As Jesus and his disciples were on their way, he came to a village where a woman named Martha opened her home to him. She had a sister called Mary, who sat at the Lord’s feet listening to what he said. But Martha was distracted by all the preparations that had to be made. She came to him and asked, “Lord, don’t you care that my sister has left me to do the work by myself? Tell her to help me!”
“Martha, Martha,” the Lord answered, “you are worried and upset about many things, but few things are needed — or indeed only one. Mary has chosen what is better, and it will not be taken away from her.” Luke 10:38-42
Like so many today, Martha was busy in the Lord’s service but still spiritually barren. She worked hard at caring for others. She was hospitable, welcoming Jesus and his band into her home. Jesus took the opportunity to offer spiritual food as Martha toiled in the kitchen, her sights fixed on the perfect meal. Her first recorded words accuse Jesus of not caring about her or about her sister’s laziness. Hostility had replaced hospitality. She called Jesus “Lord” and in the very next breath insulted him (see Luke 10:40).
Martha was a people-pleaser. Her self-identity revolved around entertaining—and perhaps impressing—those who entered her household. Her performance had become more significant to her than her personal relationship with, or even her respect for, her Lord. Pain, compulsions and addictions can blind us to the “crazy” contradictions between our beliefs and our behavior.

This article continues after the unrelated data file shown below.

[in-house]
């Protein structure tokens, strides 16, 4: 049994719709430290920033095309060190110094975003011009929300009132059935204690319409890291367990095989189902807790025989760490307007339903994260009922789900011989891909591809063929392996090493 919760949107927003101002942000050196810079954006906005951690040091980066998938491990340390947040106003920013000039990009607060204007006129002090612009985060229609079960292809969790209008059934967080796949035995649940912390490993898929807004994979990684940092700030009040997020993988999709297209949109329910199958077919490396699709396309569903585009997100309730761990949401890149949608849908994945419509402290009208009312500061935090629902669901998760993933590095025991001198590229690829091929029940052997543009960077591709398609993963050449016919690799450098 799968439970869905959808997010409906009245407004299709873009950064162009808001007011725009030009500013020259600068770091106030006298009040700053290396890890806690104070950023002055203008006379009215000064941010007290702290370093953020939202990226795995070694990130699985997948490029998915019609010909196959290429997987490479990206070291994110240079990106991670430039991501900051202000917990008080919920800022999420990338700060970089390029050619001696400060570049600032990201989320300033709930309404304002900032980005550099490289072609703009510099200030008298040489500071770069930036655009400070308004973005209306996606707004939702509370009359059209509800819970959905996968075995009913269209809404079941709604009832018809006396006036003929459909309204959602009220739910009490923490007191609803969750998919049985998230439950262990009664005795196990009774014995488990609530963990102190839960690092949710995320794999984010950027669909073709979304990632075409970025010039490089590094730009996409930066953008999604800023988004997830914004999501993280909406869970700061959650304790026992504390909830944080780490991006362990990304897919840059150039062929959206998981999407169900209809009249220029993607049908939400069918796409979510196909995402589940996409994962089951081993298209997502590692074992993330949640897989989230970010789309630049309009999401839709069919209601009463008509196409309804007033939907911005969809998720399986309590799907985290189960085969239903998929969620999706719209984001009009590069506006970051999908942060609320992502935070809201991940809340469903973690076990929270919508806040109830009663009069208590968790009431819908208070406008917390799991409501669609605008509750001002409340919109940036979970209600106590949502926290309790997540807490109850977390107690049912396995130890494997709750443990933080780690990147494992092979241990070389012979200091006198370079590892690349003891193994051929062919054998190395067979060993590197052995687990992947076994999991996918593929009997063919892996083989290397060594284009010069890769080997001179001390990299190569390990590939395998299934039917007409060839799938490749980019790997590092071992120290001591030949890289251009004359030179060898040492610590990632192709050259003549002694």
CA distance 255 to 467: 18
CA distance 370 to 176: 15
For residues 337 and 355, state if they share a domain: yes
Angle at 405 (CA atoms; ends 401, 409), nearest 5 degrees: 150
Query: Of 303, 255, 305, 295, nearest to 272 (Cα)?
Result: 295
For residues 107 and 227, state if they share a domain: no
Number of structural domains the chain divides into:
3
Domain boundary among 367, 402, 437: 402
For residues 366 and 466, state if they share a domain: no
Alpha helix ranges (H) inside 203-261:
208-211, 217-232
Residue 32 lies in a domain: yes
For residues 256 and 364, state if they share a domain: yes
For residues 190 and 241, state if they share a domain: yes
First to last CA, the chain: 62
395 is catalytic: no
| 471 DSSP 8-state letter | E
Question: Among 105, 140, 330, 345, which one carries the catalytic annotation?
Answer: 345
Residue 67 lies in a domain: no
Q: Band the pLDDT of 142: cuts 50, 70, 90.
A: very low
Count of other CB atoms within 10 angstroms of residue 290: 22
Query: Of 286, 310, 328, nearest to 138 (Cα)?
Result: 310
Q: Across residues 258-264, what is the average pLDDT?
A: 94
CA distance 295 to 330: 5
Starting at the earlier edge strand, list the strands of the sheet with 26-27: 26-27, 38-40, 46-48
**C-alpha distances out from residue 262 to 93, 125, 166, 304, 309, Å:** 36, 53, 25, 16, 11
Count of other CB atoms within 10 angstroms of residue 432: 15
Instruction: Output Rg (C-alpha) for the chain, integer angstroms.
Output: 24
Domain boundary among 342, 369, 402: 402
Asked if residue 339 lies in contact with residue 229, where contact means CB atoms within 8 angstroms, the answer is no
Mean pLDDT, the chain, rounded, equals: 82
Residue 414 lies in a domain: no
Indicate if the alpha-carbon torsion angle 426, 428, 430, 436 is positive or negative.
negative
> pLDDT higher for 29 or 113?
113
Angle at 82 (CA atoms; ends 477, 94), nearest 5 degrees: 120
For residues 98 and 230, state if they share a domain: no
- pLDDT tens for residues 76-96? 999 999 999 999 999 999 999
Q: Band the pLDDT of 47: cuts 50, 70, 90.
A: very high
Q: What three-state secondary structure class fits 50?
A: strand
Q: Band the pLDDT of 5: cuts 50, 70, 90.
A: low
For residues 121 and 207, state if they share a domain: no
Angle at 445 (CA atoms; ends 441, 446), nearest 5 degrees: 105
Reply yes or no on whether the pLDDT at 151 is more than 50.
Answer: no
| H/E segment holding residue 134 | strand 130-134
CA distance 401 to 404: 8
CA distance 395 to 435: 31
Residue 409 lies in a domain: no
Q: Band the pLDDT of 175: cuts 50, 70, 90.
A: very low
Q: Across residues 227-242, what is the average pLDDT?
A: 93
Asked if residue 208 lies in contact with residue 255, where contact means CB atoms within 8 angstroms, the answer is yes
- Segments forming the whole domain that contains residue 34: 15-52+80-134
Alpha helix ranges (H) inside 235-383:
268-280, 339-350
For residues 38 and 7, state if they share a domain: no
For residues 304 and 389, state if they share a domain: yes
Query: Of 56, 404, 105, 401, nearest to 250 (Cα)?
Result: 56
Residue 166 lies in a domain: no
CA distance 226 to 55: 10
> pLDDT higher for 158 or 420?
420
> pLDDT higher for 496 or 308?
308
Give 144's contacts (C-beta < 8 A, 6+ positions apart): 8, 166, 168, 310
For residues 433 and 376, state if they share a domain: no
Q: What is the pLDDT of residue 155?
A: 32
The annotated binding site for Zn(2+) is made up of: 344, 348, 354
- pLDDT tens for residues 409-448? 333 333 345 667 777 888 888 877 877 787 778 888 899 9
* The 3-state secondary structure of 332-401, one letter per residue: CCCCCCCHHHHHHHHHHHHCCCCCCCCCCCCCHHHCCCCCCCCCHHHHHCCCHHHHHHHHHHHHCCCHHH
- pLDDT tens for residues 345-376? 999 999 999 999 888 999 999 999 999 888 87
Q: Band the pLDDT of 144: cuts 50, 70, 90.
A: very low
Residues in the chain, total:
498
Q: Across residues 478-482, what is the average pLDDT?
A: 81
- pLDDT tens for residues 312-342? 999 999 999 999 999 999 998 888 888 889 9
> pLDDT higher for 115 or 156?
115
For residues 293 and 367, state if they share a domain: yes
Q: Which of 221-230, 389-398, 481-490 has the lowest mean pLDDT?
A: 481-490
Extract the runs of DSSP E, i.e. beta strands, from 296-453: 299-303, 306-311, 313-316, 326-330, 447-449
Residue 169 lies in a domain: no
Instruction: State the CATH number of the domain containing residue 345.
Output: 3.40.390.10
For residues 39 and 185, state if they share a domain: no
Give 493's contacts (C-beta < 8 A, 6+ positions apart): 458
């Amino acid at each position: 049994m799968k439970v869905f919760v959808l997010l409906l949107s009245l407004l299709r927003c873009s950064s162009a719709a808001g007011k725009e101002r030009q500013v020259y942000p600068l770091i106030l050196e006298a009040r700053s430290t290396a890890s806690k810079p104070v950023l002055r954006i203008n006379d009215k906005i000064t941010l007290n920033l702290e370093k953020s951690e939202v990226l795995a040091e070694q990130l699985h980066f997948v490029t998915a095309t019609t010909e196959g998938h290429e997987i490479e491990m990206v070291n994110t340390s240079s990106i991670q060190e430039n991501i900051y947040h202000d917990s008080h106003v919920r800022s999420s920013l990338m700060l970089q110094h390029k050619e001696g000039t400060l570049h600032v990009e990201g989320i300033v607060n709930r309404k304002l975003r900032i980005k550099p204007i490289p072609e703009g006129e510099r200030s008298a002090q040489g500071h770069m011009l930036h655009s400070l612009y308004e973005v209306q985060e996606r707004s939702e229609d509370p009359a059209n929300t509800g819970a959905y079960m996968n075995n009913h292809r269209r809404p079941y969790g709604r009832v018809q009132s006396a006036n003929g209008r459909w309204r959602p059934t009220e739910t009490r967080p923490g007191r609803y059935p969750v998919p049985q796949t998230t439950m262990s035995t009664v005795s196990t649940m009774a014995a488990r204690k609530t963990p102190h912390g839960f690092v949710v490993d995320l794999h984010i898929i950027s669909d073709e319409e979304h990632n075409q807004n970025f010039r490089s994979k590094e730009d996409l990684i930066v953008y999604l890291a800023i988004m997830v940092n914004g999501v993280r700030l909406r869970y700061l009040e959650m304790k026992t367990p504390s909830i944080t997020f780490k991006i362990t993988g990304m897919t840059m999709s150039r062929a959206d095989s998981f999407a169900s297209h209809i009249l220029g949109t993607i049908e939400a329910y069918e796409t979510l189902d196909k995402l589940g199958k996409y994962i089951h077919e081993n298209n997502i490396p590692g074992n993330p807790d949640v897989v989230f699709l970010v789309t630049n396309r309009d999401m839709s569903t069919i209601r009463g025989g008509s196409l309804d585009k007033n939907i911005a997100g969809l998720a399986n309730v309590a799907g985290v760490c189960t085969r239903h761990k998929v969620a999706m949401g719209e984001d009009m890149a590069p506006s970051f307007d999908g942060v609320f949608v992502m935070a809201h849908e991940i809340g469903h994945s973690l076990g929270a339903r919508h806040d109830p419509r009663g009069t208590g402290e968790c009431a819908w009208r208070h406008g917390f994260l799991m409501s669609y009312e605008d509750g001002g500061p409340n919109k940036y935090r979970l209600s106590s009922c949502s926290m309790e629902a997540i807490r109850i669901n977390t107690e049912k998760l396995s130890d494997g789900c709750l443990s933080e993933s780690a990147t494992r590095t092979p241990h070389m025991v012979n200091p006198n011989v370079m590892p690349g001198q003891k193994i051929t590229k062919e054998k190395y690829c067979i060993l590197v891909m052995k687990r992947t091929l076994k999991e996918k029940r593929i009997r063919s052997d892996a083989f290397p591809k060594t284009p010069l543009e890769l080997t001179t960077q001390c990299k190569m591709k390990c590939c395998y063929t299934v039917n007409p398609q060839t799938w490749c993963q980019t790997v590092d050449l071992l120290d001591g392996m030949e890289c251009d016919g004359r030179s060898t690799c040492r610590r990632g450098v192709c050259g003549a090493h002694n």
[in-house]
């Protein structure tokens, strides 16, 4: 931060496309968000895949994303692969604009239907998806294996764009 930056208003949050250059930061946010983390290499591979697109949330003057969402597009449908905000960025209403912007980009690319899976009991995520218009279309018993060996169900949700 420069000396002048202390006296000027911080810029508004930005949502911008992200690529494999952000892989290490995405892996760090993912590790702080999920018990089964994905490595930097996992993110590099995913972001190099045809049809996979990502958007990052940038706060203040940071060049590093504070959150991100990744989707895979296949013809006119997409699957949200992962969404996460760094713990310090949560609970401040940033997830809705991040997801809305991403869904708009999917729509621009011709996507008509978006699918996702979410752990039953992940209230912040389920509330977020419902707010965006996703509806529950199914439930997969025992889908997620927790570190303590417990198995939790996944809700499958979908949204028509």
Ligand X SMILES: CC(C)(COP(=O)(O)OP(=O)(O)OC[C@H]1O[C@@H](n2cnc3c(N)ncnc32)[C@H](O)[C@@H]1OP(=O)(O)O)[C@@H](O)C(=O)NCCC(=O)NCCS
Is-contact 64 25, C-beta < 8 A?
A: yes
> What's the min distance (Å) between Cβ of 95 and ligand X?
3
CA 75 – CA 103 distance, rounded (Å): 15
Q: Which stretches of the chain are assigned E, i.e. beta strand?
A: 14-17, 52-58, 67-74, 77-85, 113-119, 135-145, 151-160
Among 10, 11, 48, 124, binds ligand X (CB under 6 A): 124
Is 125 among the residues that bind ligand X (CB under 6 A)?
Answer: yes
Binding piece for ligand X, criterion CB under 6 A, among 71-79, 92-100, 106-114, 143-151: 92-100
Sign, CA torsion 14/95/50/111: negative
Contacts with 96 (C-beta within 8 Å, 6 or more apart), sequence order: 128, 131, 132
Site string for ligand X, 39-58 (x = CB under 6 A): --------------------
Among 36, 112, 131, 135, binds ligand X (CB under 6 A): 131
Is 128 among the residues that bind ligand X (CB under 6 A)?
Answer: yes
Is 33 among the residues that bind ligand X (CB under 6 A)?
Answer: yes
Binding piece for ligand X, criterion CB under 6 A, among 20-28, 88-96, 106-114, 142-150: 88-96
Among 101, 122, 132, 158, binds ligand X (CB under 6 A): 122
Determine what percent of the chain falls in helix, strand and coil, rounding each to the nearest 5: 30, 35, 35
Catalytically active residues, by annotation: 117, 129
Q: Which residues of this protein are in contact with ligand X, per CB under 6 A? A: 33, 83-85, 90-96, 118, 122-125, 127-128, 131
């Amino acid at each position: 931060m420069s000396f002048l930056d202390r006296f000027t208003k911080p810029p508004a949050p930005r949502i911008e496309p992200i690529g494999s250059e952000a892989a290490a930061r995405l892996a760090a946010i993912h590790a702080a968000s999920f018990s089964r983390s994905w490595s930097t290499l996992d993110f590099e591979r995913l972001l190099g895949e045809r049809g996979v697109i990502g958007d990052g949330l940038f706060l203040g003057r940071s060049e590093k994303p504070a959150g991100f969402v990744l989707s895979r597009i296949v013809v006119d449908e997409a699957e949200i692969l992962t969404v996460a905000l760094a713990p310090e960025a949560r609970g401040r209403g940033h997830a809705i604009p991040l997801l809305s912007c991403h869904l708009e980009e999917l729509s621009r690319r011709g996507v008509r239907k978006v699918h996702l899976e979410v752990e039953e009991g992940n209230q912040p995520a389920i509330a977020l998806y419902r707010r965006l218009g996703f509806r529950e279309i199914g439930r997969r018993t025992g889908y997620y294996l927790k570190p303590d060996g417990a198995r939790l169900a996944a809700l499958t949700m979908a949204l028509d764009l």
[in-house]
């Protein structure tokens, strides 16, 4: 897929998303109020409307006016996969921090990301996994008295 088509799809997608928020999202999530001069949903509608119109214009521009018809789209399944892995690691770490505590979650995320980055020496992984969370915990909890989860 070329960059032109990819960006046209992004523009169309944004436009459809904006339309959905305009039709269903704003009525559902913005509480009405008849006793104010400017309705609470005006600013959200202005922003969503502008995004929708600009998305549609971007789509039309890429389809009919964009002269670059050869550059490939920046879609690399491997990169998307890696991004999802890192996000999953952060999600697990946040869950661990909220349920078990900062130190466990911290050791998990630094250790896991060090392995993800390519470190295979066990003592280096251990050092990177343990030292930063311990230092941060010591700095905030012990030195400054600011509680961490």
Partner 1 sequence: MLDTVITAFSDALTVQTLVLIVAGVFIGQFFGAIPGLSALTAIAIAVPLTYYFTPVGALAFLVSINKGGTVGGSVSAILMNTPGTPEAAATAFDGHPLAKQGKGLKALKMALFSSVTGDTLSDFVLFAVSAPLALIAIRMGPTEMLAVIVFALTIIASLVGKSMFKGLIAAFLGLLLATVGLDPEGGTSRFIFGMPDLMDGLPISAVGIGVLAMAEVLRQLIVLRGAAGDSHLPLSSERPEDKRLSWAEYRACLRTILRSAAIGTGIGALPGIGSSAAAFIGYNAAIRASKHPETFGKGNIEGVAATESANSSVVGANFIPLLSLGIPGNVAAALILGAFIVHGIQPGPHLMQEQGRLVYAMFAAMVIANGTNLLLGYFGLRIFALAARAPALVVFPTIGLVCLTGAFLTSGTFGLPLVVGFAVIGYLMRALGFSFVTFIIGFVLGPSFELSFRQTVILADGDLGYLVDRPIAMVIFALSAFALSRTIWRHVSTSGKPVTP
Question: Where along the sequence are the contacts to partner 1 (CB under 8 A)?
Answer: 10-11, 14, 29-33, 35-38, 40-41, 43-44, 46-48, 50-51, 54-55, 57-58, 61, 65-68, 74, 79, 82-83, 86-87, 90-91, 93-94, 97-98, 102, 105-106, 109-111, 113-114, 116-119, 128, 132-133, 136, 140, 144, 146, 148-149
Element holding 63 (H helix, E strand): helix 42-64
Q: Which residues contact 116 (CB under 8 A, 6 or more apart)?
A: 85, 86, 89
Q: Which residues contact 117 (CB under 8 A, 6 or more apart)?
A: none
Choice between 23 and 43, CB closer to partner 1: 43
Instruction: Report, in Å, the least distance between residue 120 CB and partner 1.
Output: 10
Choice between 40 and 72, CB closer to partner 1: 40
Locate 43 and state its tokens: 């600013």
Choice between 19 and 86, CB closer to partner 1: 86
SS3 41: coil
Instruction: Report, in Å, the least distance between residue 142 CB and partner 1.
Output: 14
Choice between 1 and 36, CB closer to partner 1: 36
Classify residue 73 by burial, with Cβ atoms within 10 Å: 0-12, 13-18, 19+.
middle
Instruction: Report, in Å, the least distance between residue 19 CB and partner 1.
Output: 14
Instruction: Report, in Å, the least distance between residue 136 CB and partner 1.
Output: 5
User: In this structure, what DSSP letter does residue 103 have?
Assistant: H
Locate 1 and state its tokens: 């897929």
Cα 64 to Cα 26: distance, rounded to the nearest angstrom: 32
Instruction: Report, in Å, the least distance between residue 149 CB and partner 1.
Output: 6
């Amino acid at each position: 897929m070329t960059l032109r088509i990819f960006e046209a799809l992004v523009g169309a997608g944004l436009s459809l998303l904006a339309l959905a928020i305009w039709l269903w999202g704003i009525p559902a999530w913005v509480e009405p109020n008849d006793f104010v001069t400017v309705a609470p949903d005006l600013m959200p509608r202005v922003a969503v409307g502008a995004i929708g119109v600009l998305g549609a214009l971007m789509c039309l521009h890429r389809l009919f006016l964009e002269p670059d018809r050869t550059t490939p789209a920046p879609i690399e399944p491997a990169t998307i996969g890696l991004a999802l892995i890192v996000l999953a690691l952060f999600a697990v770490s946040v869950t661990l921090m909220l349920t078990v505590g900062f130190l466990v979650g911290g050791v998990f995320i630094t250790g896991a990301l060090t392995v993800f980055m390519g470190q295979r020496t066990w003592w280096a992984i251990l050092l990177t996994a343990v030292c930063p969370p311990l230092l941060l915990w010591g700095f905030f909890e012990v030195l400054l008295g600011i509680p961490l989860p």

Mary wasn’t lazy. She was tuned in to Jesus, and the Lord pointed this out to Martha. Martha’s compulsions (see Luke 10:41) were keeping her from the worship Mary was enjoying at the Master’s feet (see Luke 10:39, 42). For Martha, the good had crowded out the best. Martha was worried about temporal, passing things, while Mary was locked into the eternal. Jesus is forever. Our relationship with him is forever. His Word is forever (see 1 Peter 1:23 – 25).
We all can benefit from the same shift in focus—off circumstances and our past and onto Jesus. We’re not asked to ignore our pain. Instead, we’re called to face it and to allow Christ to remove it. Jesus helped Martha confront her weaknesses. She was “worried and upset about many things” (Luke 10:41). That describes many people today — maybe even a majority of people in today’s world. Jesus knew that Martha had desires. But what we want isn’t worth getting upset about. What matters is what we need: an intimate relationship with Jesus. We need to find our place at his feet, taking directions from him. That’s a life, a peace, that “will not be taken away” (Luke 10:42).
Jesus confronted Martha’s nonproductive habits and emotions and pointed her in a new direction. She changed. She grew in her knowledge and love of Jesus. In fact, Martha was one of the very few who confessed, prior to his resurrection, Jesus as “the Son of God” (John 11:2712:1 – 2), but no longer out of worry. She was free from the pressure to perform for the purpose of pleasing others. In times of busyness, may we also be tuned in to Jesus and fruitful rather than barren.
Edited from the Character Study of Martha in the NIV Celebrate Recovery Study Bible.
The NIV Celebrate Recovery Study Bible contains the complete text of the NIV with hundreds of notes and study features that connect Scripture to eight recovery principles from the Celebrate Recovery program developed by John Baker and Rick Warren. Includes articles, recovery stories, biblical character studies and more.